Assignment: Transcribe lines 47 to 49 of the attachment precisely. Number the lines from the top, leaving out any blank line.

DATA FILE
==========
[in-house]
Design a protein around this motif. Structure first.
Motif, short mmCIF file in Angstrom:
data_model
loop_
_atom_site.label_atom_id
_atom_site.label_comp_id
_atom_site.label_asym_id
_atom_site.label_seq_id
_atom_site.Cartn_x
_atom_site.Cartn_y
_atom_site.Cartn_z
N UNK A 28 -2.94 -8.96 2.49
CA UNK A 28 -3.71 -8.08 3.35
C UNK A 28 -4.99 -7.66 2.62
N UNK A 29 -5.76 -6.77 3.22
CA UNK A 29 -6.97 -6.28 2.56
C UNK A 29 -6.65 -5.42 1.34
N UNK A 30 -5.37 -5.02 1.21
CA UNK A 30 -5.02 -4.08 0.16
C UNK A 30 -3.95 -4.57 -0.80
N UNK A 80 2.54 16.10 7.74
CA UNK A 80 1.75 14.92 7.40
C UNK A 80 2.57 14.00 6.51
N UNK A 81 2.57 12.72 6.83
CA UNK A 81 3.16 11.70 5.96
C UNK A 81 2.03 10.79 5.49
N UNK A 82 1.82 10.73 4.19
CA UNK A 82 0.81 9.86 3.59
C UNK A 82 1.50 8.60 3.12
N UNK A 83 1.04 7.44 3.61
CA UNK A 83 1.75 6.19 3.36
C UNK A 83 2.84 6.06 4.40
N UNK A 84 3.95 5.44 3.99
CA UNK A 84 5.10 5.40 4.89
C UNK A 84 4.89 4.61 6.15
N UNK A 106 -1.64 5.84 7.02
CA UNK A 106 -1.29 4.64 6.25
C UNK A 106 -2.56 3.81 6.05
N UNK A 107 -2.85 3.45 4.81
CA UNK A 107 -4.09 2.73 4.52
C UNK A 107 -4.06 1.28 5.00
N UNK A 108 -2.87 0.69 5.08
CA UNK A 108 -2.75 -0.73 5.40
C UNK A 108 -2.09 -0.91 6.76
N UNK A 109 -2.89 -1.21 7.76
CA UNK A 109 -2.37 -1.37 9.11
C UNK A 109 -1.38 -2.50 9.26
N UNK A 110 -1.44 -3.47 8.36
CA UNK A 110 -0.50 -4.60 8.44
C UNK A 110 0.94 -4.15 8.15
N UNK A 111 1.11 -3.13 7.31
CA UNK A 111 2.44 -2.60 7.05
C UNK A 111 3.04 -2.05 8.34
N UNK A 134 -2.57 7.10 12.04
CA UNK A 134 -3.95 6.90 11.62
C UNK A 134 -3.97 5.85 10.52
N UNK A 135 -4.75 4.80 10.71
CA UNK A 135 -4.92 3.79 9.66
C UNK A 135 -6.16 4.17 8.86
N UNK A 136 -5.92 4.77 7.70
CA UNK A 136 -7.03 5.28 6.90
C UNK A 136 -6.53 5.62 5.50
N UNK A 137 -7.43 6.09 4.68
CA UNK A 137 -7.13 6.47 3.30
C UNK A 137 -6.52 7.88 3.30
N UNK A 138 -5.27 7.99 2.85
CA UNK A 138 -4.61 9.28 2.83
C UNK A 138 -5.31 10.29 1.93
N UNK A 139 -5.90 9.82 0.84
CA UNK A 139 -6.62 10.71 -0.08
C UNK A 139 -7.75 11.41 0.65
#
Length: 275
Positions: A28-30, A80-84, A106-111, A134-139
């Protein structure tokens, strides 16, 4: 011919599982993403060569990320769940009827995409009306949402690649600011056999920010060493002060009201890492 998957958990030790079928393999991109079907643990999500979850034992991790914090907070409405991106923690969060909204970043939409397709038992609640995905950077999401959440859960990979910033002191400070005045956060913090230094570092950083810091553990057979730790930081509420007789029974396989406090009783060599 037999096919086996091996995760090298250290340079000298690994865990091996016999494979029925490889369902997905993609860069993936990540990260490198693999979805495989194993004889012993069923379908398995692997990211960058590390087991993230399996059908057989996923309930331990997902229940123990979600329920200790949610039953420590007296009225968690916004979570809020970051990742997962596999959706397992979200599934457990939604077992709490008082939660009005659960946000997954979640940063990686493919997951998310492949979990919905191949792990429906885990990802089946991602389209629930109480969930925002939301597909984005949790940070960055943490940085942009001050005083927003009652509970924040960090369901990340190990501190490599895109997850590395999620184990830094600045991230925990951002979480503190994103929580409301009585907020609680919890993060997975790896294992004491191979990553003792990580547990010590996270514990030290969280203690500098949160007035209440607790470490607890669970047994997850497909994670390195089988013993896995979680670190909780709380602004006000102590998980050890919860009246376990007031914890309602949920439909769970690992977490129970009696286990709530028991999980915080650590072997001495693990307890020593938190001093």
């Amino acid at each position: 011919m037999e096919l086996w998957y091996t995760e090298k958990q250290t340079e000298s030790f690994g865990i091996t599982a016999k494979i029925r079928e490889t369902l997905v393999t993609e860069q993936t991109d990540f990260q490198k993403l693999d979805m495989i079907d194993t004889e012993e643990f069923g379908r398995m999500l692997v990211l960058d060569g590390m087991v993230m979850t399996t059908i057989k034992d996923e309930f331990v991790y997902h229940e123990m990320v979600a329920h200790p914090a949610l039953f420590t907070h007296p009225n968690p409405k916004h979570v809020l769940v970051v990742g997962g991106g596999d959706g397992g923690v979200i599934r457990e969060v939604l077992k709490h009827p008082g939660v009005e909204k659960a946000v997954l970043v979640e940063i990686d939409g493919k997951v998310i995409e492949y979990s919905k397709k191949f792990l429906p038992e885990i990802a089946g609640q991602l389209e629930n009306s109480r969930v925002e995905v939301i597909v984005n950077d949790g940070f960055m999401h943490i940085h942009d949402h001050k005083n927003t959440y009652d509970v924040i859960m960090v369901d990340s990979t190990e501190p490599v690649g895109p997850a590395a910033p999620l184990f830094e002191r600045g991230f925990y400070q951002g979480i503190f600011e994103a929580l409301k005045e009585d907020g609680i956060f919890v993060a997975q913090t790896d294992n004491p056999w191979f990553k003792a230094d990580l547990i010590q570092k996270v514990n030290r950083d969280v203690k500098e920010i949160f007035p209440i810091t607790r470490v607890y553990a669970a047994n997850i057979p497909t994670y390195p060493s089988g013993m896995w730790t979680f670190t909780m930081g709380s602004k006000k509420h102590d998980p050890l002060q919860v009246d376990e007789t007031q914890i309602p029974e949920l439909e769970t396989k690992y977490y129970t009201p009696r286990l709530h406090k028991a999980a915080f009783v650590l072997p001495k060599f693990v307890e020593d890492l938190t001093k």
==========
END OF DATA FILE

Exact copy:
CA UNK A 109 -2.37 -1.37 9.11
C UNK A 109 -1.38 -2.50 9.26
N UNK A 110 -1.44 -3.47 8.36